In the absence of extremely favorable economic and financial conditions, these measures are expected to constrain revenue growth and could only be partially offset by new revenue measures, such as the Special Goods and Services Tax.
On the expenditure front, the government is planning to significantly ramp up infrastructure spending over the next few years. While recurrent expenditure will be relatively contained, room for further cuts is limited due to the high interest burden. Healthcare and security-related spending may also increase fiscal pressure.
We expect the fiscal deficit to remain elevated at 10.2% of GDP in 2021 and narrow gradually to 8.4% in 2023.
A high portion of Sri Lanka’s government debt is denominated in foreign currency, and the country’s exchange rate may weaken further. Higher fiscal deficits over a longer period will add to the government’s extremely high debt stock. For those reasons, we expect the increase in net general government debt to average 11% over 2020-2023. By our estimate, net general government debt will exceed 100% of GDP in 2021 and remain elevated over the next five years.
The government intends to increase the share of domestic financing to fund the fiscal deficit. At the same time, domestic interest rates have been kept extremely low through massive liquidity injection by the central bank. This has reduced the effective interest rate on the government’s domestic debt. We estimate interest payments to reach 60% of government revenues in 2020, slightly lower than what we expected previously. Nevertheless, this is one of the highest ratios among the sovereigns we rate.
We assess the government’s contingent liabilities from state-owned enterprises and its relatively small financial system as limited. However, risks continue to rise due to sustained losses at the Ceylon Petroleum Corp. (CPC), Ceylon Electricity Board (CEB), and the Sri Lankan Airlines (SLA).
Although CPC and CEB have improved their financial positions as a result of the drastic decline in global oil prices, SLA is likely to continue accumulating losses due to the impact on air travel.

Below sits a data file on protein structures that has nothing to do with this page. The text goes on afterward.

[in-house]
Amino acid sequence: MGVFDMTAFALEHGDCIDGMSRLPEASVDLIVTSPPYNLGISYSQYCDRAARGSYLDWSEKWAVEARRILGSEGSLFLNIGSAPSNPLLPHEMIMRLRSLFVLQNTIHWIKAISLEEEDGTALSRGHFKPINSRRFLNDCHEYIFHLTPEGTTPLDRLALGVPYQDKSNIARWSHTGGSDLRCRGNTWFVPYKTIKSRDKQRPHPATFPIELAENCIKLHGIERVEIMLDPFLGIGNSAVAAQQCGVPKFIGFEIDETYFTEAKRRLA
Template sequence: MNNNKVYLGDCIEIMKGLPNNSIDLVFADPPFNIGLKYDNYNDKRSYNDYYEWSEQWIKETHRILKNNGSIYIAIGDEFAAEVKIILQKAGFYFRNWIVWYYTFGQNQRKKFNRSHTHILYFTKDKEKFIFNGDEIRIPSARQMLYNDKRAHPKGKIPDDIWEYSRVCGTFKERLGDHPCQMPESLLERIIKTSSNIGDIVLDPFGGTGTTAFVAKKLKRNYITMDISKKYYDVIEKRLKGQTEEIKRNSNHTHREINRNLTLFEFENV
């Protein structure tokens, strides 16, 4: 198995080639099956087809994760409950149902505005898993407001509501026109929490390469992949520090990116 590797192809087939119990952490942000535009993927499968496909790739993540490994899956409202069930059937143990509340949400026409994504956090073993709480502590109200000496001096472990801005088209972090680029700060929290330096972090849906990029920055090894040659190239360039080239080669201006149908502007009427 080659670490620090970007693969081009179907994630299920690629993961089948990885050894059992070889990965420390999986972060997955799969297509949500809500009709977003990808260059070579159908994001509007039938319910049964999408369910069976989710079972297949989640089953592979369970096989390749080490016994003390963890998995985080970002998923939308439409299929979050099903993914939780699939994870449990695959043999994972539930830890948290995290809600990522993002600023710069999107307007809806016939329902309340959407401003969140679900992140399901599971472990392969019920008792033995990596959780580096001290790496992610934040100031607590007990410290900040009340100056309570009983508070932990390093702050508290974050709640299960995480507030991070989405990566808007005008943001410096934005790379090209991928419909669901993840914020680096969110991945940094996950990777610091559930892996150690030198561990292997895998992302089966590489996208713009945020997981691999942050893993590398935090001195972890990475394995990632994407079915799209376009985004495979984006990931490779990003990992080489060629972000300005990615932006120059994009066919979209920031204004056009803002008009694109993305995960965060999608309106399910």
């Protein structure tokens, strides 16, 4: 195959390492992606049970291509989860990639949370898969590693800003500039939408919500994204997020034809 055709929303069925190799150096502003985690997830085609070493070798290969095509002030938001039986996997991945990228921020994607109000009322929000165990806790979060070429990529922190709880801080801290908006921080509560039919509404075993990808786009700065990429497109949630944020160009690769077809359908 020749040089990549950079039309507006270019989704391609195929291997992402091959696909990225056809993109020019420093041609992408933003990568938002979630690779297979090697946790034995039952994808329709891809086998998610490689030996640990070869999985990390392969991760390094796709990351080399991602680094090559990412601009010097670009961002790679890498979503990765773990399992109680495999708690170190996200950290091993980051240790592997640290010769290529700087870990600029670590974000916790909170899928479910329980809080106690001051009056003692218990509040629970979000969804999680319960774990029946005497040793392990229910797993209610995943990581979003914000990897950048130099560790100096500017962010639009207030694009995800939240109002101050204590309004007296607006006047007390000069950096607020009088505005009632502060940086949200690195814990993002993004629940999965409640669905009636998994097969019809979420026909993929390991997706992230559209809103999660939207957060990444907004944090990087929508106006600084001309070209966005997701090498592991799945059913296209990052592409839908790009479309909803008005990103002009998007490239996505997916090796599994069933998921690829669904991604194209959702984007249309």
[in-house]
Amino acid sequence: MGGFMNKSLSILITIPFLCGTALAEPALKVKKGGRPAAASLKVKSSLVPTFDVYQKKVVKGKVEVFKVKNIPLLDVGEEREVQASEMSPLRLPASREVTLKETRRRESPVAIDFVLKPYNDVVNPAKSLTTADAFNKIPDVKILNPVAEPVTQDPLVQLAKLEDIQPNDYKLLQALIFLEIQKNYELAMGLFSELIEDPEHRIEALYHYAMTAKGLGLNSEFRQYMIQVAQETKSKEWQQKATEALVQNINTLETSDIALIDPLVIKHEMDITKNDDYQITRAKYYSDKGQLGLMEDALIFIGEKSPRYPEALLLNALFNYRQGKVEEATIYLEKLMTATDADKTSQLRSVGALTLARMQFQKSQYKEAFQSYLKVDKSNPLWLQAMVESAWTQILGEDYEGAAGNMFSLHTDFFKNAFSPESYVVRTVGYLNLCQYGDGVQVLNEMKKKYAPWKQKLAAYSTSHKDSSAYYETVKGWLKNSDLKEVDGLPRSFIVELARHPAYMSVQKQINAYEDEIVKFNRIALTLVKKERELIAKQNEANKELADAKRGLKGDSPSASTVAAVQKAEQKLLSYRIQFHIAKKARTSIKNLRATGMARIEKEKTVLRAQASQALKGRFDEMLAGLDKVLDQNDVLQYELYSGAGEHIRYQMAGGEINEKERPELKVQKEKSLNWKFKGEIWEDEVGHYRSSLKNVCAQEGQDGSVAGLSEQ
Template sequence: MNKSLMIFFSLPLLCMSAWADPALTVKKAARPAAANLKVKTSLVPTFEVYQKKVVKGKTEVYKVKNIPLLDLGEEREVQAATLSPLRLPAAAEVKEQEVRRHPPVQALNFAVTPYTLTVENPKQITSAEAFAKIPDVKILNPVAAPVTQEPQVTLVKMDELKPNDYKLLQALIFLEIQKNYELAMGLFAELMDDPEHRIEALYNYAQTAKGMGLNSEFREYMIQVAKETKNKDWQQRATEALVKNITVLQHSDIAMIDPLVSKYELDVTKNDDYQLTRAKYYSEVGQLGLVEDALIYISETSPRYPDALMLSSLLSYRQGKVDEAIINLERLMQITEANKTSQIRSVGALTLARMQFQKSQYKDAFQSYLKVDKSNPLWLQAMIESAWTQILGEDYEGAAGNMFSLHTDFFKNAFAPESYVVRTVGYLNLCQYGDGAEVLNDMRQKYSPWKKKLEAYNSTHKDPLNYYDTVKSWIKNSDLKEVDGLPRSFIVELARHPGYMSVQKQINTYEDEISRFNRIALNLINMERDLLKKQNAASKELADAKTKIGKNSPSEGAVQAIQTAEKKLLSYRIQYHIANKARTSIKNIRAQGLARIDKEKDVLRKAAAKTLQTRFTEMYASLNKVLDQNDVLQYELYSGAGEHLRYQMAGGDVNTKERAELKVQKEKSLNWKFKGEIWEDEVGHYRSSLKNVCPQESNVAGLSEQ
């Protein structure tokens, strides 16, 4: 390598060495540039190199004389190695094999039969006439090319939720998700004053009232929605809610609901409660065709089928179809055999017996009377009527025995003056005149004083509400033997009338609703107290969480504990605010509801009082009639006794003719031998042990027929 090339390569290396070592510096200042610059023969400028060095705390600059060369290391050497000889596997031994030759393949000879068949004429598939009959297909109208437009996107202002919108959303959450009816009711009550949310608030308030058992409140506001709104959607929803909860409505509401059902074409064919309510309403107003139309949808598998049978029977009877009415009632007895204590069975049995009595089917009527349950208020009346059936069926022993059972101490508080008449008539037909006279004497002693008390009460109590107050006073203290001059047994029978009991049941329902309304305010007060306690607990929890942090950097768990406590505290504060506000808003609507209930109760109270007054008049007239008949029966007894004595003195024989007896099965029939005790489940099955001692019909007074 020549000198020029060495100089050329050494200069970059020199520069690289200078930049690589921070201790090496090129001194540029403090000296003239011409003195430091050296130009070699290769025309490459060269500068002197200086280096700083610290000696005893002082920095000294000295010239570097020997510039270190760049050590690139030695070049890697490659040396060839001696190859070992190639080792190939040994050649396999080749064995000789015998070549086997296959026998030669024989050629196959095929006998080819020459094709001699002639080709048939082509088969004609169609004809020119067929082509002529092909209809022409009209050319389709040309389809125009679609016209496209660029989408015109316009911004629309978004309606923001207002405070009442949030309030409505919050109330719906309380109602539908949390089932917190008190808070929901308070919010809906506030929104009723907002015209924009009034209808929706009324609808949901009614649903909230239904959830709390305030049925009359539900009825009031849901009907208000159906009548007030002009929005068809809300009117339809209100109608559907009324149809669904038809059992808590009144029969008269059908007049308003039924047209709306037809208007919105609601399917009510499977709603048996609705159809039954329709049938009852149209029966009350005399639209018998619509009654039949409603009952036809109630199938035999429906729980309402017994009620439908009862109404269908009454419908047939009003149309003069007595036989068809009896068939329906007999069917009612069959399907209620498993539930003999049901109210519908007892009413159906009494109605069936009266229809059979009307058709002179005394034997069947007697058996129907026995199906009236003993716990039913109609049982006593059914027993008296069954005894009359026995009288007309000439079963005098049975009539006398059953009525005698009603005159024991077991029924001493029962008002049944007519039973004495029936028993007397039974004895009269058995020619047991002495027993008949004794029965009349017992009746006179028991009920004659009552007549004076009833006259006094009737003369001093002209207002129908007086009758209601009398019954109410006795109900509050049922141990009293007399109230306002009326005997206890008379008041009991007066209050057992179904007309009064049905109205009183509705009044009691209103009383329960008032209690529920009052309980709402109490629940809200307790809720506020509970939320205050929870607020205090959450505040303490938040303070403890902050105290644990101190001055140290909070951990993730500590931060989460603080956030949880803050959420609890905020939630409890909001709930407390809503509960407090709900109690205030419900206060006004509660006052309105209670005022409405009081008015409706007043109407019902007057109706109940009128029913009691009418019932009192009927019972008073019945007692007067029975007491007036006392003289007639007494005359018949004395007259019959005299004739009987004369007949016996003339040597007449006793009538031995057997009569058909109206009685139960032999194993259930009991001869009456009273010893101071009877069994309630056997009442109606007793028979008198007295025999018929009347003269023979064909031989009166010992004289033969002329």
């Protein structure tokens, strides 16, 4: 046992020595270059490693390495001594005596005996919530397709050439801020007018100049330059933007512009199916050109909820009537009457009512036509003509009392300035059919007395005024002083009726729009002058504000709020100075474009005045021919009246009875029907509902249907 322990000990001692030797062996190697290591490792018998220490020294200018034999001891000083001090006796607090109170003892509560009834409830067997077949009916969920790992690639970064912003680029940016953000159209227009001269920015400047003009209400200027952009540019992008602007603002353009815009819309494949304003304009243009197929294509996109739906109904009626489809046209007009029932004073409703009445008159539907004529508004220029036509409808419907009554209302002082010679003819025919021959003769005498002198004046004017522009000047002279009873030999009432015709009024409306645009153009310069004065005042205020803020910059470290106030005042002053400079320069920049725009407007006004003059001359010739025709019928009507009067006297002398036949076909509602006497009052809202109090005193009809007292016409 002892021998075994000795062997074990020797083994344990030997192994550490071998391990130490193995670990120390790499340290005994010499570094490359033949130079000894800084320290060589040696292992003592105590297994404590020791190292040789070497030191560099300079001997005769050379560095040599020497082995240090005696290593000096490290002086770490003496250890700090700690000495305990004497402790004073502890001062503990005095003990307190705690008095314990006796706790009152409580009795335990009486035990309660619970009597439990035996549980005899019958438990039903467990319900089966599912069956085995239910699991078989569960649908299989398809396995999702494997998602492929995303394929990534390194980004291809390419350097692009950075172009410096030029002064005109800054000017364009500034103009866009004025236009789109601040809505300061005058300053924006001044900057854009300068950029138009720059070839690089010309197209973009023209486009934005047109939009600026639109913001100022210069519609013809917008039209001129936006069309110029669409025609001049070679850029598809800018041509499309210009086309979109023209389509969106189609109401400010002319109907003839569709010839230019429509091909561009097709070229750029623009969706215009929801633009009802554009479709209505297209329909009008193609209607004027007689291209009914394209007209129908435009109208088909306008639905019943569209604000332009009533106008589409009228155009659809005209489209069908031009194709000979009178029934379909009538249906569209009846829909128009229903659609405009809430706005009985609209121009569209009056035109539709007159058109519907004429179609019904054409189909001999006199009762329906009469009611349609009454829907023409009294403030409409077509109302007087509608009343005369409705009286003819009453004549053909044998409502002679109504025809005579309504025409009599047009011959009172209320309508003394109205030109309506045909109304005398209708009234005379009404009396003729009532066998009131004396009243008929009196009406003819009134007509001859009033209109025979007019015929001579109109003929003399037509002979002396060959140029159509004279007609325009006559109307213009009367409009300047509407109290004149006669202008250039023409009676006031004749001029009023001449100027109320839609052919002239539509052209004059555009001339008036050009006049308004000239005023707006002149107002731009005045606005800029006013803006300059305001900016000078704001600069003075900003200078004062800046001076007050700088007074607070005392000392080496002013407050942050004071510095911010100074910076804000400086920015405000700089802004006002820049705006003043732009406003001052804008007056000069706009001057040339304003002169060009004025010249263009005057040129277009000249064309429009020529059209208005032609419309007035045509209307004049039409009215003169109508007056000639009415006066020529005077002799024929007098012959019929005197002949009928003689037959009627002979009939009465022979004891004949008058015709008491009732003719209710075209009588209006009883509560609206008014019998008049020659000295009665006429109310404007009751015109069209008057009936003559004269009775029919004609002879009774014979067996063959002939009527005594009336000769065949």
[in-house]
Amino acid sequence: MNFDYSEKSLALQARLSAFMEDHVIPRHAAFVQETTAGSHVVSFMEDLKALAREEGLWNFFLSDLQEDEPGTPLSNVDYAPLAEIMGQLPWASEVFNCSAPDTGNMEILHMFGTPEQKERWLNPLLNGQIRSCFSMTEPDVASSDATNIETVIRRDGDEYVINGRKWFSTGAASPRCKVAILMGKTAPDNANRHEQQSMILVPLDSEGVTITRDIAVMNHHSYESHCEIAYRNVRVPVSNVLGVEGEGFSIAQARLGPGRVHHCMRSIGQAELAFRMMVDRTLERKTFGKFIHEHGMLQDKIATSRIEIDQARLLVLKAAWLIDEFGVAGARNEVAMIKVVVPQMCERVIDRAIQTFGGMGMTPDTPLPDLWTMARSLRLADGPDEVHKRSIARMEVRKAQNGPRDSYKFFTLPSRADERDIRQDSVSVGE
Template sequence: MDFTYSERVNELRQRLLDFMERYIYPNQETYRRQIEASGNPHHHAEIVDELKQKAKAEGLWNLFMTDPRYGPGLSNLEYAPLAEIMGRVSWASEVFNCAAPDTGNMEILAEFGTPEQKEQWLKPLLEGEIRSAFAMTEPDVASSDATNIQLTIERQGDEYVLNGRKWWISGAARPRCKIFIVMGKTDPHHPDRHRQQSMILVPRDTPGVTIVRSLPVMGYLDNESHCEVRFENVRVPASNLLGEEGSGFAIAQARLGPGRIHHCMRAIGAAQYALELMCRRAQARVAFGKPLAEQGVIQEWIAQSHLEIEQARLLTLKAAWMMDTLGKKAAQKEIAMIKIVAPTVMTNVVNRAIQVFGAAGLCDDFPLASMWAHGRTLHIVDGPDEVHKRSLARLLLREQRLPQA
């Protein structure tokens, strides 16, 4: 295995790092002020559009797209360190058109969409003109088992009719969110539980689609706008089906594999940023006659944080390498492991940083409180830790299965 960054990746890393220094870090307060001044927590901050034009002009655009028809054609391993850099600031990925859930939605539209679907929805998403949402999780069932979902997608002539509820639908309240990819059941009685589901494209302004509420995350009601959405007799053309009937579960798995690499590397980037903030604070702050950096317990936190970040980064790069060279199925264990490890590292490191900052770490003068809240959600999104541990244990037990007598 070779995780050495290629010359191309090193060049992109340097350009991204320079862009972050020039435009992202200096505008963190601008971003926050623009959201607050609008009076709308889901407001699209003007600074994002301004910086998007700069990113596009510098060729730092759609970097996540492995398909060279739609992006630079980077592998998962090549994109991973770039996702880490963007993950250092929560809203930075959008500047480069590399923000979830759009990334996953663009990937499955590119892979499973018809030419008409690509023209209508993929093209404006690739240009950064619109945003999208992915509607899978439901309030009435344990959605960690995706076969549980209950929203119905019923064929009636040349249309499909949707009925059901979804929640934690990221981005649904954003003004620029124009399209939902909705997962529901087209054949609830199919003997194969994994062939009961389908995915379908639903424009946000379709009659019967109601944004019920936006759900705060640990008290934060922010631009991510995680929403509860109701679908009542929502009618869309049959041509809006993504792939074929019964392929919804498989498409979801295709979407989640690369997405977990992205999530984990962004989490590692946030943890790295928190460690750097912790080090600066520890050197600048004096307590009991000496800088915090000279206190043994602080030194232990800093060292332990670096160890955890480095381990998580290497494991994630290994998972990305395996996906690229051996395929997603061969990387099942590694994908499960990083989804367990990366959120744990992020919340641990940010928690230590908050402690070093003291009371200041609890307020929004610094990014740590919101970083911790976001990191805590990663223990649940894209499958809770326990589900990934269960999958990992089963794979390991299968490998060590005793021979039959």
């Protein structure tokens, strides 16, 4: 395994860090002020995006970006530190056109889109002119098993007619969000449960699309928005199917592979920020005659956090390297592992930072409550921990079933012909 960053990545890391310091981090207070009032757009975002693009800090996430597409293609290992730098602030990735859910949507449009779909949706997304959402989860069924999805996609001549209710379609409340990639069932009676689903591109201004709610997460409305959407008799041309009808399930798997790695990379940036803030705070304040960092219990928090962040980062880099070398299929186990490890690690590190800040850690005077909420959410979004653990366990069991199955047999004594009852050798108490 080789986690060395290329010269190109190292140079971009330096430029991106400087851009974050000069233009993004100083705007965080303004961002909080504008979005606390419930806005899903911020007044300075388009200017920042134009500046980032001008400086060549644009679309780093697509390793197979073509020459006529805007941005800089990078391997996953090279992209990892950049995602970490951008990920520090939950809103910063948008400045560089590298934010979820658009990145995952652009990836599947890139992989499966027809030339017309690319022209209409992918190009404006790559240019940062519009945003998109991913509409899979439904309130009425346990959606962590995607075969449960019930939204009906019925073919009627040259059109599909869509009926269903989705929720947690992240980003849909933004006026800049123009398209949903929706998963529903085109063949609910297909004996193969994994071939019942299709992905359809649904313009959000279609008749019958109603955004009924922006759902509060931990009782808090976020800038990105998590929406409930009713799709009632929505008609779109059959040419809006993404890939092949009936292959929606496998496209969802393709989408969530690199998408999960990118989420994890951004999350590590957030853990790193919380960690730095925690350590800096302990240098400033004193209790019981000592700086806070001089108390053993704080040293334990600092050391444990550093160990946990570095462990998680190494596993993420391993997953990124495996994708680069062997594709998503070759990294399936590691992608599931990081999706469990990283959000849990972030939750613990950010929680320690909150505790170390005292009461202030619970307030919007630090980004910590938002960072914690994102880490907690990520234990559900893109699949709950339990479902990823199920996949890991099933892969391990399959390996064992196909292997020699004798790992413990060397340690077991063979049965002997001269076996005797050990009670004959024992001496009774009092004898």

Also, Sri Lanka’s financial sector has a limited capacity to lend more to the government without possibly crowding out private-sector borrowing, owing to its large exposure to the government sector of more than 20%.
The country’s external position has deteriorated compared with our last review due to current account receipts declining more than we had expected. However, lower oil prices and wide-ranging import restrictions imposed by the government have also kept the import bill under control. We estimate the current account deficit will widen marginally to 2.7% of GDP in 2020.
Sri Lanka’s external liquidity, as measured by gross external financing needs as a percentage of current account receipts (CAR) plus usable reserves, is projected to average 117% over 2020-2023. We also forecast that Sri Lanka’s external debt net of official reserves and financial sector external assets will rise sharply to 206% in 2020, partly due to poor export earnings.
The government’s external financing conditions have become more challenging, and uncertainty over access to official creditors has increased, in our view. The government has received US$500 million in official loans for budgetary support so far this year. Credit lines with other central banks have also helped to augment foreign exchange reserves to some extent.
However, we see increasing indications that funding from multilateral or bilateral partners will not be sufficient to cover external financing needs over the next 12 months. The government has had to repeatedly draw on reserves to meet its external debt obligations.
As of end-October 2020, foreign exchange reserves stood at US$5.9 billion, down from US$7.6 billion at the start of the year. This might be enough to cover maturities over the next 12 months, but it would bring reserves down to a dangerously low level.
If economic and financial conditions turn even more negative, we believe the government’s external debt-servicing capacity could be severely impaired.
Sri Lanka’s monetary settings remain a credit weakness, although it has seen some structural improvements in recent years. The Central Bank of Sri Lanka is preparing to transition to a flexible inflation-targeting regime under the proposed Monetary Law Act. The passage of this act, which enshrines the central bank’s autonomy and capacity, will be crucial to improving the quality and effectiveness of monetary policy, in our view.
Environmental, social, and governance (ESG) credit factors for this credit rating change:
• Health and safety